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(from the Lenstip.com review of this lens)

As you can see from the chart, for example, at 18mm the lens is sharpest not wide-open at f3.5, but from f4 onwards, from where sharpness improves a lot and then reaches it's maximum at about f8. Ditto for the other focal lengths.

Other factors are also just as important to getting sharp photos, of course, including holding the camera steady and using the right shutter speed for your focal length and subject. You might have the sharpest lens in the world, but if you can't hold it steady, or choose the right shutter speed to freeze movement, then you will get blurry pix.

QuoteQuote:
which size of lens hood do i have to purchase
The lens comes supplied with a hood.
12-14-2011, 02:56 AM   #14
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QuoteOriginally posted by débutante Quote
" stopped down a notch or two" what does it mean?
rawr gave good answers about stopping-down. Many lenses are a little soft wide open (at maximum aperture) but sharpen-up nicely when the aperture is closed a stop or two, which is what "stopped down a notch or two" means. So a zoom like the 18-55/3.5-5.6 kit lens, at its longest focal length of 55mm, shows nice sharpness when the aperture is closed down from f/5.6 to f/8 or f/11 or f/16.

Such stopping-down eats light, so you will need to adjust shutter speed and/or ISO to get the right exposure. If you are shooting a moving subject and you want great sharpness, you may need both a tight aperture and a fast shutter, which means boosting the ISO, which means getting some high-ISO noise, and the interactions never end, do they? Or just use a big honking flash!

Stopping-down too far is not good. Lenses have diffraction, where photons bounce off the aperture iris edges, making fuzzier pictures. The tighter the aperture, the fuzzier. We generally try not to stop-down beyond f/11 if the camera is on a tripod, or beyond f/22 handheld, unless the final picture is only going to be displayed very small.

QuoteQuote:
how can I make that back ground blurr effect with this lens?
As Stone G. said, you do just the opposite of stopping-down: you leave the aperture as wide as possible. You can also use a longer focal length, or move the subject further from its background, or pan to follow a moving subject.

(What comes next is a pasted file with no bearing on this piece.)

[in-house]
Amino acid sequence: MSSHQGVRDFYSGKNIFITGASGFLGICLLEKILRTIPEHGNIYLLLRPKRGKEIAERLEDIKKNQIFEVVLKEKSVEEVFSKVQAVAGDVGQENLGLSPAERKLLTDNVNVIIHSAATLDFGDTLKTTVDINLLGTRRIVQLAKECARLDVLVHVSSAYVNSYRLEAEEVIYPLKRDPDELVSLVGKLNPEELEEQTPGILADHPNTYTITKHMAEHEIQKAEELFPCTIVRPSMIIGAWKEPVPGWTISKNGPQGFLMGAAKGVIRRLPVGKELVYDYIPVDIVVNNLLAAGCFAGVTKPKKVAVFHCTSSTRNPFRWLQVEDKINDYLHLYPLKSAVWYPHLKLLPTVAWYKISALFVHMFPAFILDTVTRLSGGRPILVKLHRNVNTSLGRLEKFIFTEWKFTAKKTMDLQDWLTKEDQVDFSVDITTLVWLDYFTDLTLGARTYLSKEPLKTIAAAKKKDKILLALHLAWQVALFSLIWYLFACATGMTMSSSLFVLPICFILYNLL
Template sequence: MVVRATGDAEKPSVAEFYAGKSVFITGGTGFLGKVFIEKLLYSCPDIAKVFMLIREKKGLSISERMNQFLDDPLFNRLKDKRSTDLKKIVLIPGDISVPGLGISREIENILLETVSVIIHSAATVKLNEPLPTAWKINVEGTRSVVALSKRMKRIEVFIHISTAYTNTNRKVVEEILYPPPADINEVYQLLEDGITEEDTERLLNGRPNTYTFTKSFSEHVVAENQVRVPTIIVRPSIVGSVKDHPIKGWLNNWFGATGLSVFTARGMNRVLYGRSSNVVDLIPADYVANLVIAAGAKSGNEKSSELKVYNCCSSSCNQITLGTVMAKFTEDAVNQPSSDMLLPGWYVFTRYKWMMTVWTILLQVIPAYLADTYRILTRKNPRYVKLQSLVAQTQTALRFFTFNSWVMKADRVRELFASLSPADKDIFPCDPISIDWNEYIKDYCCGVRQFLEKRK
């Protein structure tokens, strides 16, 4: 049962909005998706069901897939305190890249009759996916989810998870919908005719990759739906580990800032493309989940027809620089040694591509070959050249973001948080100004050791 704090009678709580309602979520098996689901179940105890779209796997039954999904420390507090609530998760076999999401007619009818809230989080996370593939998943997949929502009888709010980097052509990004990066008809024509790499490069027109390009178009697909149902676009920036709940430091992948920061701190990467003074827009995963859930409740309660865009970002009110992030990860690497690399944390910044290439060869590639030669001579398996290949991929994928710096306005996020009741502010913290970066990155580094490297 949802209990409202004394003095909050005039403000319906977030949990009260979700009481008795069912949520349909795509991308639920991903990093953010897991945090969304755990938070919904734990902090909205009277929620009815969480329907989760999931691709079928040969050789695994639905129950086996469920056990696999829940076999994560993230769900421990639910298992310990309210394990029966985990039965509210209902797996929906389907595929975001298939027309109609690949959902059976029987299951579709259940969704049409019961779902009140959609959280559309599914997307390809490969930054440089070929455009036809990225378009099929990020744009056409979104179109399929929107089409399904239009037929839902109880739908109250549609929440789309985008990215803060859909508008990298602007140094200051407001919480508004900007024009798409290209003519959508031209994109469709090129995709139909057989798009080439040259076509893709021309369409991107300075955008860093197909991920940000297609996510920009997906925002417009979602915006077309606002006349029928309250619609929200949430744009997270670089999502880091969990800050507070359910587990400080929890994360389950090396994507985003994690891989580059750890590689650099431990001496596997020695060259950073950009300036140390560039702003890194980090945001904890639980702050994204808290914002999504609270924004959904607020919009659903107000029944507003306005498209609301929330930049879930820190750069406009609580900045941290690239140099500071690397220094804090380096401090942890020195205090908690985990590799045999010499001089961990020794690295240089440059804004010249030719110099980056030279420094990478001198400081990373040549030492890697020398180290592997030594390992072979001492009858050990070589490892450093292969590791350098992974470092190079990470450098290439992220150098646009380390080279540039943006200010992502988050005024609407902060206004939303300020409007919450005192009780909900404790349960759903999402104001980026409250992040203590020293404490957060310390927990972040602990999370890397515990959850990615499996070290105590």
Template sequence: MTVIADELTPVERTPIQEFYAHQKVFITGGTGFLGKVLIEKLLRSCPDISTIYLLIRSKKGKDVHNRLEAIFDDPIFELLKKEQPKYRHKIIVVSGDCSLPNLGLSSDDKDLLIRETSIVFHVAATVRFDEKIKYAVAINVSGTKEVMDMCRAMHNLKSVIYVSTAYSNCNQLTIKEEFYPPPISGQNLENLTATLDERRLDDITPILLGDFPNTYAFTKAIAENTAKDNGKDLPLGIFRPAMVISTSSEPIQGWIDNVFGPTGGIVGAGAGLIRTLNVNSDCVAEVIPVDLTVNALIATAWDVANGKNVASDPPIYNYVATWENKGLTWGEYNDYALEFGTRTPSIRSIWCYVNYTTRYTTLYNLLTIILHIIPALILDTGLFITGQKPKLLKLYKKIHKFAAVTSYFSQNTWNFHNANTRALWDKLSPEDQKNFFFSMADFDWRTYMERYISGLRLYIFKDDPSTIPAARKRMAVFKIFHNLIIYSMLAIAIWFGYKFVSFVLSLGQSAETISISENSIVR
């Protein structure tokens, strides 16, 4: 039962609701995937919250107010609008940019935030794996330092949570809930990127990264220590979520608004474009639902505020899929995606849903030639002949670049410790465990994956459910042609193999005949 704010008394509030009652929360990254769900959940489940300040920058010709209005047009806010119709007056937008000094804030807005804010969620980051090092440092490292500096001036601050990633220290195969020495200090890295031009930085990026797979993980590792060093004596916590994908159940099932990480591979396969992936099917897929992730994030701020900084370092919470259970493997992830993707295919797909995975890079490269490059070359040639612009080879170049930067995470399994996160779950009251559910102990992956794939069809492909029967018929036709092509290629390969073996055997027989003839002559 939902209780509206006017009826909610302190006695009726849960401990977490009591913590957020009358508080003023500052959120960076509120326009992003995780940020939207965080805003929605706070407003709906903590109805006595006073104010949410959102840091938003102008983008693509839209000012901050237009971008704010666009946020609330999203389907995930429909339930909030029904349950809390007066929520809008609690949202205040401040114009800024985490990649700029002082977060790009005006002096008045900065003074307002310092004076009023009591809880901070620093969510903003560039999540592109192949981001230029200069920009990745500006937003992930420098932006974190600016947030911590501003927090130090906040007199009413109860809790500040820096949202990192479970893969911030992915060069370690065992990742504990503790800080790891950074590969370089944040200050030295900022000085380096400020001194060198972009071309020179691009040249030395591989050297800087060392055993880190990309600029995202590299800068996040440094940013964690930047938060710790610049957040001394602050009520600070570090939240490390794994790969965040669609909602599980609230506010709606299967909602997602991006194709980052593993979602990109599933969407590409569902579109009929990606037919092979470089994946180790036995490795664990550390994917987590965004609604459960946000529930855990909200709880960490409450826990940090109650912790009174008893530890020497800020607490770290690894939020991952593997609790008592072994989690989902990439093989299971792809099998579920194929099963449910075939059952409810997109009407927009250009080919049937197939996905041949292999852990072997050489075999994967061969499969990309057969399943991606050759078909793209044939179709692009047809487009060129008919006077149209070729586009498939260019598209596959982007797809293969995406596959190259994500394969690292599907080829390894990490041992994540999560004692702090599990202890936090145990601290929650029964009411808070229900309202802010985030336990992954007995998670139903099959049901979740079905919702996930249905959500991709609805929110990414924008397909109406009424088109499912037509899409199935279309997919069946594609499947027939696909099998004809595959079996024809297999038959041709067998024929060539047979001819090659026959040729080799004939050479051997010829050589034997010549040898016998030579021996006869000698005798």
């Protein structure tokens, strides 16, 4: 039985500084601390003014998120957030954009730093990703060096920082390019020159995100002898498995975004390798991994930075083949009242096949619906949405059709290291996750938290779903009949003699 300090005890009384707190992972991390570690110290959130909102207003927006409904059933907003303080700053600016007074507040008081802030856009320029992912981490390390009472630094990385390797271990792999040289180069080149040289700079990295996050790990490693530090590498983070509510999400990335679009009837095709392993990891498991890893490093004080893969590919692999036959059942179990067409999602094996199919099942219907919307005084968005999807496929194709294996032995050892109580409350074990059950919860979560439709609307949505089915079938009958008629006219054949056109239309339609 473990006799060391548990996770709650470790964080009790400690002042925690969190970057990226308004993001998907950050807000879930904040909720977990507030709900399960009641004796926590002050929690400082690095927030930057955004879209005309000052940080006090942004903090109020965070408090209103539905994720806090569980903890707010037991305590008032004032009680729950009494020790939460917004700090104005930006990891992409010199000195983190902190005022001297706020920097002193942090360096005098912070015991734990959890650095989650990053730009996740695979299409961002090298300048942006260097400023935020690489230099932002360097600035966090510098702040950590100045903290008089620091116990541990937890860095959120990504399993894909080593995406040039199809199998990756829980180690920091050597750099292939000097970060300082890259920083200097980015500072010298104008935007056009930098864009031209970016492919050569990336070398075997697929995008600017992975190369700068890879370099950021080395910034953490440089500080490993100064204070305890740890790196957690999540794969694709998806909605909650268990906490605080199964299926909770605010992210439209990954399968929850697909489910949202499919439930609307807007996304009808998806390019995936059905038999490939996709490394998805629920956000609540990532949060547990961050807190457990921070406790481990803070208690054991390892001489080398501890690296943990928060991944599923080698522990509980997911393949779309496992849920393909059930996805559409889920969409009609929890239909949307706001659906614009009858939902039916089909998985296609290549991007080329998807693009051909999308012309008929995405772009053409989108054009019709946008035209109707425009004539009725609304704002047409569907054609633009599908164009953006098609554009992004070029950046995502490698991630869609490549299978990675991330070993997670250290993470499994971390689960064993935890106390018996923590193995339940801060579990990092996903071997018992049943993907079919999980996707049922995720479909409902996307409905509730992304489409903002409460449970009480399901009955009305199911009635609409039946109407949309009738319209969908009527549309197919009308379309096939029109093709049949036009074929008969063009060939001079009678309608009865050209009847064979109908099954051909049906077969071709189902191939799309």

Both these question are about what's called depth-of-field or DOF. That's the range of distances from the camera where the picture is acceptably sharp. Here are the simple rules for DOF:
For THINNER DOF: Use a longer focal length, and/or a wider aperture, and/or a closer camera-to-subject distance.

For THICKER DOF: Use a shorter focal length, and/or a tighter aperture, and/or a further camera-to-subject distance.
Once you get used to them, these interactions of aperture, shutter, ISO, distance, focal length, all make sense. You just need a mental model of how the camera works. You'll catch on, don't worry.

QuoteQuote:
Sorry for these stupid questions but I've alway been using auto picture mode on point and shoot camera before buying this first DSLR. Now I really want to learn semi manual or manual mode.
The only stupid questions are the un-asked ones. And the trolls, but we don't get those here!

Our discussions are embedded with jargon, specialized language that describes photographic gear and practices. Think of these forums as an ongoing language seminar, where we learn the photographic lingo. FOV, DOF, VF, FF/BF, FF/135, HF/135, APS-C, APS-H, LF, stop-down, wide-open, CIF, DFS, pan, pano, stitch, HDR, FE, UWA, tele, normal, (p)TTL, RF, TLR, (d)SLR, folder, reach, throw, macro -- all these opaque acronyms and terms comprise a weird foreign language. Once we memorize the vocabulary, whole new worlds open up to us!

And manual shooting is great fun. It was all I had for my first three photographic decades. There's rather a difference between TAKING pictures (snapshooting) and MAKING pictures (photography). To TAKE pictures requires a shutter press. To MAKE pictures requires knowledge, patience, curiosity, craft, many mistakes, and humility. It's one thing to be outsmarted by a highly-engineered camera filled with AI warez. It's quite another to be outsmarted by a camera that's dumber than a fungus. Yes, humility...

Hang around. It'll all soak in. Keep asking questions. We have answers. Some are even rational. Have fun!
12-21-2011, 03:23 PM   #15
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hello all

I've just received the Tamron lens today so I've tried to follow your advices to take some pics with the blur bottom tonight with flash. First pic was taken with Tamron lens and the second with my DAL 18-55mm. Somehow, I think that my kit lens has better IQ in this circumstance. How about your opinions? do you think that I should set my Kr with more saturated colors? Is the exposure correct? No pp applied